What does Satan do to Job (Satan tempts Job)?

During last week’s Sunday service, I conducted a sermon on endurance. Often, I’ve connected deeply with the story of Job in the Bible, so it is what I based my sermon on. His endurance as he suffered and waited on God is what I encourage every believer to practice in their daily lives. As we looked into the Book of Job, the main question we focused on was, What does Satan do to Job?

Job 1:6-22 implies that Satan tempted Job after God allowed him to. The Bible explains that Job was a blameless and upright servant of God. When the devil was roaming the earth, looking for someone to devour, God permitted him to try His servant Job. It was not that God wanted Job to suffer, but He knew that His servant was strong enough to resist the devil, even if all was taken away from him.

In this article, I invite you to join me as we delve into the topic of endurance about Job. We will also look into important questions that many ask around this topic, including why God allowed Satan to test his servant, how Satan expected Job to react, and how God’s servant finally responded to all this suffering. So read on to find out the answers you’re looking for.

Where in the Bible can I read about Satan tempting Job?

The book of Job 1:13-22 explains how Satan tempted Job by taking away his property and causing his children to die. The plan was for Satan to torture Job until he gave in and denied God. It is very shocking how one instant, his house was in order, and there was plenty of food and joy in their hearts. Then the next minute, calamities struck his home.

However, Satan thought that God’s servant had not had enough pain because he still had his health intact. Therefore, in Job 2:7-8, the scripture speculates that Satan again went for Job’s health, by striking him with sickness from his head to his feet.

Why did God bet with Satan in the Book of Job?

Satan tempts Job
Book of Job. Image source: Unsplash

A first-time reading of the book of Job made me find God to be quite unfair to his servant Job. I kept on wondering why He had to bet with Satan and then let Job suffer over their argument. However, when I went deeper into my spiritual understanding, it all made sense.

God did not give up on His servant. Job 1:9 implies why God betted with Satan over his servant. Satan believed that Job only remained faithful to God since it profited him. This is why the Lord bet with Satan, trusting that his servant was strong enough in faith to stick to Him even during his trial and tribulation.

Why did God allow Satan to test Job?

God wanted to communicate how important it is to be faithful even during the worst circumstances, for He is a good and just God. Romans 8:28 implies God’s purpose in our lives. It says, And we know that for those who love God, all things work together for good, for those who are called according to his purpose.’ This scripture suggests that as Christians, we may experience both good and bad times, but we should hold on to God’s love, for He has a bigger purpose in mind. In the end, all these contribute to a good end as God works them out.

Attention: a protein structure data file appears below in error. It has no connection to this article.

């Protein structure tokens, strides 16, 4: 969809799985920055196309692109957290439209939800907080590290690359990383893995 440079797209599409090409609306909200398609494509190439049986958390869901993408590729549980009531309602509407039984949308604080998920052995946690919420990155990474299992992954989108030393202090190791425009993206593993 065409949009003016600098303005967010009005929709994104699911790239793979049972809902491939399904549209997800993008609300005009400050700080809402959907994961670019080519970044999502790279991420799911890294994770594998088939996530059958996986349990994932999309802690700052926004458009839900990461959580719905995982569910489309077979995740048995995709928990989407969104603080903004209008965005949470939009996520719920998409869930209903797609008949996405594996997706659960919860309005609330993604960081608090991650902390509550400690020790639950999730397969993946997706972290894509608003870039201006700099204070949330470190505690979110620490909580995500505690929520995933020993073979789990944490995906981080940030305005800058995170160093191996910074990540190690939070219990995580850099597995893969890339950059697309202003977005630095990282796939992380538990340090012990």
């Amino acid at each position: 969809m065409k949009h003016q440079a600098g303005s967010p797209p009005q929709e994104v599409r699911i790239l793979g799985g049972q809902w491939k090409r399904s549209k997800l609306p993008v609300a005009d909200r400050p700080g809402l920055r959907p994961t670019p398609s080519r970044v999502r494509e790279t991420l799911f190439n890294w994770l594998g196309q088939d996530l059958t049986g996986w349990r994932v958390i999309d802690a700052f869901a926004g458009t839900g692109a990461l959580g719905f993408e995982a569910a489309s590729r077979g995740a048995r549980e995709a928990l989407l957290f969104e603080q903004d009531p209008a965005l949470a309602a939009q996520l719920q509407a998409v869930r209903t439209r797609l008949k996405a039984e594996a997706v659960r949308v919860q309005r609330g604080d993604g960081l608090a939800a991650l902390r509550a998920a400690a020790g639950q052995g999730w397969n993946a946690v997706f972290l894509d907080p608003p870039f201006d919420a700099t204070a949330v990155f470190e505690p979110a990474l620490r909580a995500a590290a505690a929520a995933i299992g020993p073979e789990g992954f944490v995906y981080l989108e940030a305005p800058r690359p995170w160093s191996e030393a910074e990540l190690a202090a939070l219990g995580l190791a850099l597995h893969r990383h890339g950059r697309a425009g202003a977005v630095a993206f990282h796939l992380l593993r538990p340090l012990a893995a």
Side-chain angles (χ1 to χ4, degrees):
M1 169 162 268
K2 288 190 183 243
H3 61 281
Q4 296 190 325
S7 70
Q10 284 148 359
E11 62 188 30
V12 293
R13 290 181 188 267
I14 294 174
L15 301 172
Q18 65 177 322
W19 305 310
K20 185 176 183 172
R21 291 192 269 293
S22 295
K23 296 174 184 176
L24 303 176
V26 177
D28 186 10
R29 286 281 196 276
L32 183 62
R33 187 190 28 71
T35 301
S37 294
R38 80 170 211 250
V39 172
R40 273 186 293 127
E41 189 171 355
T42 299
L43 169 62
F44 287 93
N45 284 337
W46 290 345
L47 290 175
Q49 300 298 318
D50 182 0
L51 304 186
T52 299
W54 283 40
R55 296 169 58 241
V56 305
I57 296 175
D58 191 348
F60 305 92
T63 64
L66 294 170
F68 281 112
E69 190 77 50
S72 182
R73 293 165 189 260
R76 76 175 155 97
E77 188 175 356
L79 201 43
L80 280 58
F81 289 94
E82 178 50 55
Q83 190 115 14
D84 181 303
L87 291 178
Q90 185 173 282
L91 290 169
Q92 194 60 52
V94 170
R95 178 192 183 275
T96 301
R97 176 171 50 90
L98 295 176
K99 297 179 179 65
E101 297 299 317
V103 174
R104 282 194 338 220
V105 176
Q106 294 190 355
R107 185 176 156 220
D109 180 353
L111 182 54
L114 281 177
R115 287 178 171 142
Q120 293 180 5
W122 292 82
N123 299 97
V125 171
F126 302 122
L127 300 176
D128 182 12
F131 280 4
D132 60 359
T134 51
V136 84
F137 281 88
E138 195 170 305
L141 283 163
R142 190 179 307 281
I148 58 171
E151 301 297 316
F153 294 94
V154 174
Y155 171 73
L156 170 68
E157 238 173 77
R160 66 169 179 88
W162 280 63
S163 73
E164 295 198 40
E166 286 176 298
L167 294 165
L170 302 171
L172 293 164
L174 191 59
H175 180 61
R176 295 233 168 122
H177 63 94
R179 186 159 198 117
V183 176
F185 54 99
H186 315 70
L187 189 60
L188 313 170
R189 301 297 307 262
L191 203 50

God allowed Satan to test Job so that, eventually, His name would be glorified. This is why eventually, Job’s obedience was rewarded according to Job 42:10-17.

How many times did Satan attack Job?

According to the Bible, Satan attacked Job twice. The first instance was when he attacked Job’s property, including his livestock, his property, and his children. The Bible implies that Job tore his clothes in anguish but still did not go against the Lord. His second attack was when Satan destroyed Job’s health. The Bible explains that God’s servant had sores all over his body and even used broken pottery to scrub his body.

How did Satan expect Job to react to this test?

What does Satan do to Job?
Satan tempting Job. Image source: Pinterest

Job 1:9-11 speculates that Satan expected Job to go against God when calamities were thrown at him. He implied that if God were to take away all that He had blessed Job with, then Job would be overwhelmed enough to give up on God. According to Satan, Job was only for God because it was convenient for him. Satan kept on insinuating that God’s servant was superficial since he was benefiting. Furthermore, Job 2:4-5 implies that Satan expected Job to curse God for attacking his health. This is why he tested the Lord’s servant.

What was Job’s response to his suffering?

Job’s response to his suffering is what surprises most of us. Think about it, if you were to be stroked with calamities like Job was, would you still trust in God and hold on to His love as you wait for Him to come to your rescue? Very few would. Yet Job did just that. In Job 42:1-6, the Bible implies that he confessed and repented to God for doubting Him and for justifying himself instead of God’s actions.

We see that throughout his trial and tribulation, he was taunted by his family and friends. His wife asked him to curse his maker and die. His friends even condemned him, saying he brought all the calamities on himself. They believed he must have done something to be in this terrible situation. Yet Job chose silence and continued trusting God to answer him and save him from these calamities (Job 2:10).

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